If I sell this thing I won’t have it anymore, and that loss “hurts more” than a corresponding acquisition “feels good”. I value avoiding the pain of the loss higher than I value the joy of the potential gain. We can all understand “fear of loss”, but more recent studies have questioned the importance of fear of loss in causing The Endowment Effect. These studies say the cause may be more related to how our identity becomes tied to the item being sold.
That should be a red flag for small business owners.
Loss aversion has typically accounted for the endowment effect, but an alternative explanation suggests ownership creates an association between the item and the self, and this possession-self link increases the value of the good.
To see if this is true the researchers conducted several experiments, in which they subjected participants to social self-threats. If ownership creates an association between the item and the self, then, as a means to strengthen identity, participants should demand more for items when the self is threatened.
In other words, “after a self-threat… people can use possessions to affirm their self, and endowment effects are likely to be exaggerated.
This research suggests that The Endowment Effect increases based on the bond between self-identity and the “item” being sold.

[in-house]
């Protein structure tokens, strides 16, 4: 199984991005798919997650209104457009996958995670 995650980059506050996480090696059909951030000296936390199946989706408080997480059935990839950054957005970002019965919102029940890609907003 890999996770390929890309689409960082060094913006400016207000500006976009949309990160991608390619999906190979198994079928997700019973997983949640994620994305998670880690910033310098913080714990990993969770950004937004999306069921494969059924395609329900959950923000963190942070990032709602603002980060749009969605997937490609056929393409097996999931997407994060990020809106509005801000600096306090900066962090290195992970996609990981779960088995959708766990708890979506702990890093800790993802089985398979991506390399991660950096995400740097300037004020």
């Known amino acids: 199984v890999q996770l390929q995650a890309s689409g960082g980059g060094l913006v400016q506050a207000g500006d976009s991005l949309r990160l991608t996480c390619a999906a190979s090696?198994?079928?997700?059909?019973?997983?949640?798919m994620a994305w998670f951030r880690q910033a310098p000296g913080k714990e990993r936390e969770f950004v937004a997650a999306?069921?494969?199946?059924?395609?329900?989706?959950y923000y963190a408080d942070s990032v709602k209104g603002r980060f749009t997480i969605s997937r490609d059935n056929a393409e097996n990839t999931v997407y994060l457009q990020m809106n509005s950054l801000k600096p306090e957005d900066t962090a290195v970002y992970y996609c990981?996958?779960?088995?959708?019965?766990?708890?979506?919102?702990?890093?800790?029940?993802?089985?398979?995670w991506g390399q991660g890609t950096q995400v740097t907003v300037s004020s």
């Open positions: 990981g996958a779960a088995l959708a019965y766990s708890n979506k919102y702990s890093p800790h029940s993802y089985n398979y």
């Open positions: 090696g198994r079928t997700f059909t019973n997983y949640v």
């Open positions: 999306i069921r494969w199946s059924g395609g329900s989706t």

Can you think of any possession more closely tied to an individual’s sense of self than a small business?
- As a small business owner my identity is wrapped in, consumed by, and defined in “MY BUSINESS”.
- The sale of my business would separate me from what has defined who I am.
- And while that is happening . . . I, the owner, have to put a value on that business. Essentially, I have to define what I am worth.
Selling a small business is the perfect recipe for maximizing the impact of The Endowment Effect.
For years I have heard business brokers and buyers bemoan the irrational and unrealistic value expectations of business owners.
The Endowment Effect tells us that not only is the behavior to be expected from a seller of any item, but potentially much more so from small business owners that have extraordinary exposure to the influences that cause and increase The Endowment Effect.